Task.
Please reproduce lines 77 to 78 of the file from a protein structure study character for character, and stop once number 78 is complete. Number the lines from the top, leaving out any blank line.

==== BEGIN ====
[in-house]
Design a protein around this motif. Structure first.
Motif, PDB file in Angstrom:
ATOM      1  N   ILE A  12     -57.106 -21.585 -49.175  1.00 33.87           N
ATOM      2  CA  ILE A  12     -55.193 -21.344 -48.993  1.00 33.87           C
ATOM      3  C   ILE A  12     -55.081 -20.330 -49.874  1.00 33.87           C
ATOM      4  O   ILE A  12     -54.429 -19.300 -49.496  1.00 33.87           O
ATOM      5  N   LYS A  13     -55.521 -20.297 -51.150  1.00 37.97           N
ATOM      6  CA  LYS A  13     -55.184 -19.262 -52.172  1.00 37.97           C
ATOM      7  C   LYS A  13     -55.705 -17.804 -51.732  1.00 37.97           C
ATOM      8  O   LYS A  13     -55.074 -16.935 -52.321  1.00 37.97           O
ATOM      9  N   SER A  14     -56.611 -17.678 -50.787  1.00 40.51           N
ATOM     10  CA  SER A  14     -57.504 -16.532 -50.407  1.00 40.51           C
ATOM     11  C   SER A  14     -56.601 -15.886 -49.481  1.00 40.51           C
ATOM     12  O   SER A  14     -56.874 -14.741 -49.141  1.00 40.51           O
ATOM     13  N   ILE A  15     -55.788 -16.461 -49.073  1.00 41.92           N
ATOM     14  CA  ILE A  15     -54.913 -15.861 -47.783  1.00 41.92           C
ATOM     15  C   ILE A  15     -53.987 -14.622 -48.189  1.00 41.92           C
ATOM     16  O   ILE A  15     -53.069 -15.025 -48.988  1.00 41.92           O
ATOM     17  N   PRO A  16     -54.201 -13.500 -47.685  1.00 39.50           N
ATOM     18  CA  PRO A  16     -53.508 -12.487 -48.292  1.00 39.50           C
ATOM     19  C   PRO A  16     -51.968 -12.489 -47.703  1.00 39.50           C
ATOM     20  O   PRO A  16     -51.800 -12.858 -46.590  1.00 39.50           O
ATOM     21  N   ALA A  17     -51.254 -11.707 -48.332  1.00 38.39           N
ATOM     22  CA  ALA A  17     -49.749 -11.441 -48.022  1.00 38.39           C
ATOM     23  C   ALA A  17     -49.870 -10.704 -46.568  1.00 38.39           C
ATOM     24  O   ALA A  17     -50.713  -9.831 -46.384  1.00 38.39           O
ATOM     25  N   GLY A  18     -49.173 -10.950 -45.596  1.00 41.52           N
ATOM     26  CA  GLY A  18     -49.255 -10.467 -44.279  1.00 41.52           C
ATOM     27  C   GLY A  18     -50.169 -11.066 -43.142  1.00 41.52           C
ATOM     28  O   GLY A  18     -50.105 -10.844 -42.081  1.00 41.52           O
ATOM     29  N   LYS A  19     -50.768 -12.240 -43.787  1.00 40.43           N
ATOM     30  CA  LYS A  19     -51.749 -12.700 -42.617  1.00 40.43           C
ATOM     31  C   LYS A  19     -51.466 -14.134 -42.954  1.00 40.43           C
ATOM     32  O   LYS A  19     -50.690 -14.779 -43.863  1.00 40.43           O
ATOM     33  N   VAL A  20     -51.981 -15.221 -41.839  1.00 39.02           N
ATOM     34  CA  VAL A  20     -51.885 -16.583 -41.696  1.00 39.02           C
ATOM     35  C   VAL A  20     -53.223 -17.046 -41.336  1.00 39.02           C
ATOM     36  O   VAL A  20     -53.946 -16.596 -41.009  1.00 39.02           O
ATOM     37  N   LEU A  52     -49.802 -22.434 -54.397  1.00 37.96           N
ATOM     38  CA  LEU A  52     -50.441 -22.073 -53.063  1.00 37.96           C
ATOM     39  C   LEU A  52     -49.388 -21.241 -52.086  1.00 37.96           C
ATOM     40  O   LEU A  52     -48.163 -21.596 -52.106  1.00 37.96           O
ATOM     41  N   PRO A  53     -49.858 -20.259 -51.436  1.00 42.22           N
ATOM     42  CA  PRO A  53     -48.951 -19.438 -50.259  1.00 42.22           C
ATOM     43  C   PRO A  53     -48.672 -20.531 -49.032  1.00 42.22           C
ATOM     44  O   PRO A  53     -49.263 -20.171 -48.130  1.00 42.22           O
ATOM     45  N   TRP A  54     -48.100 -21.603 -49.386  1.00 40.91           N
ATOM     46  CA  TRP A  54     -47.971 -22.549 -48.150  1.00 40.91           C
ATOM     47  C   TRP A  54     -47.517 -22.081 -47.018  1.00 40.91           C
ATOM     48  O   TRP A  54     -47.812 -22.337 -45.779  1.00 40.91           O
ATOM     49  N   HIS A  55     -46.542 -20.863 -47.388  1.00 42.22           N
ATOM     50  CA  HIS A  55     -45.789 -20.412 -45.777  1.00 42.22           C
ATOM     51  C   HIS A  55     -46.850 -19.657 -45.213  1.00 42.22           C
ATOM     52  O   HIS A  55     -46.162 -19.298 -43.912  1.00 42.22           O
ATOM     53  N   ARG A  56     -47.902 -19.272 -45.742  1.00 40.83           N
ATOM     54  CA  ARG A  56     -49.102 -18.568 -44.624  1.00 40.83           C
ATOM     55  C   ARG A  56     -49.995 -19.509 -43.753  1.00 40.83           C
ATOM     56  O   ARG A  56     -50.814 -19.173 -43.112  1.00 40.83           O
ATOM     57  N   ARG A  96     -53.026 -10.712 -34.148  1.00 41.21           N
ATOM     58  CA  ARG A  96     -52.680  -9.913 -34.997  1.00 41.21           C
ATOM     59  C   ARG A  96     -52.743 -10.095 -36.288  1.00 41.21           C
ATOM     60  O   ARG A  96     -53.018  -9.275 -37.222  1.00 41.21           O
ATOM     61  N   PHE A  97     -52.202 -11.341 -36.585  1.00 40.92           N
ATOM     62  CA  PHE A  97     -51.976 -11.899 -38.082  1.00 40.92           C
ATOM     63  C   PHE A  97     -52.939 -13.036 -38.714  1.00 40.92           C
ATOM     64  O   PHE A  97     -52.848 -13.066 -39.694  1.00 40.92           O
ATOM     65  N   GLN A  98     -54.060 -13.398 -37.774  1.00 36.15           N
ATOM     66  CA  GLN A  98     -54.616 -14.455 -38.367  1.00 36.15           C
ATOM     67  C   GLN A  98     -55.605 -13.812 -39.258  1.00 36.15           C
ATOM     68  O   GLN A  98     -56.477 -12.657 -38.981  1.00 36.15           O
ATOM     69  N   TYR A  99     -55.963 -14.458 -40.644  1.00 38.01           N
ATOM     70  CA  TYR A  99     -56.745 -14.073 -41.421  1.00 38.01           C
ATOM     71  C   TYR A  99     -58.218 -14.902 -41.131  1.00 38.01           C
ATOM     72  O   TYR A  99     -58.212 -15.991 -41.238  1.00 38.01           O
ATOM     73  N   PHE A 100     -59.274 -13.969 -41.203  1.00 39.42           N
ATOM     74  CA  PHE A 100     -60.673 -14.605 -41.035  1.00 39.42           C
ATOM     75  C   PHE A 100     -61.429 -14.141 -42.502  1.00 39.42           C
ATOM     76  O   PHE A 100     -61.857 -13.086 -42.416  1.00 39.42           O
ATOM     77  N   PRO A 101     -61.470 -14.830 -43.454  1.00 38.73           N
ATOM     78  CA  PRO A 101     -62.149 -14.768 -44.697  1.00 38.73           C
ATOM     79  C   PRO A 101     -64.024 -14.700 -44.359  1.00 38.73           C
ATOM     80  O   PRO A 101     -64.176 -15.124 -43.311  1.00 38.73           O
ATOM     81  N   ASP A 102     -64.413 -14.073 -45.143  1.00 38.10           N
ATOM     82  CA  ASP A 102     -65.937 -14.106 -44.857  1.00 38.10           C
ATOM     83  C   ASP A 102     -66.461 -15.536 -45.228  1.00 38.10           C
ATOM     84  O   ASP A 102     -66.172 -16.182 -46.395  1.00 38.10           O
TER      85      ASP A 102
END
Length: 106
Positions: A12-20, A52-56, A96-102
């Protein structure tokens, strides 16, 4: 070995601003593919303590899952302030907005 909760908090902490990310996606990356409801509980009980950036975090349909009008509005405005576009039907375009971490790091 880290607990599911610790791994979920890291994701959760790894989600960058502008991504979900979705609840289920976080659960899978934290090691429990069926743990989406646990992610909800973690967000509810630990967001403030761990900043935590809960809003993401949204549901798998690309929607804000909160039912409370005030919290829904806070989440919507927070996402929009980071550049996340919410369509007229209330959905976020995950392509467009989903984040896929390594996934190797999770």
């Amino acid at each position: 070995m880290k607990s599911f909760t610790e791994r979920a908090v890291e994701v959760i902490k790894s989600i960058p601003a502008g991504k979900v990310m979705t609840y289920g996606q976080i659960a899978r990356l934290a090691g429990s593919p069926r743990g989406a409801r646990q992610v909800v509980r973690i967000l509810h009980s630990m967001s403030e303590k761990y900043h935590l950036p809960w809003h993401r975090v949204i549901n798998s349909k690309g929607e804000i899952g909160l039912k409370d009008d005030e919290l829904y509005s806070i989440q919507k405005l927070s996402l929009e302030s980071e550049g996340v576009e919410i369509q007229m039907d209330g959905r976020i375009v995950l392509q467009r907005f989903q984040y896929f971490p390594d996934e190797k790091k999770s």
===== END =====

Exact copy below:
ATOM     74  CA  PHE A 100     -60.673 -14.605 -41.035  1.00 39.42           C
ATOM     75  C   PHE A 100     -61.429 -14.141 -42.502  1.00 39.42           C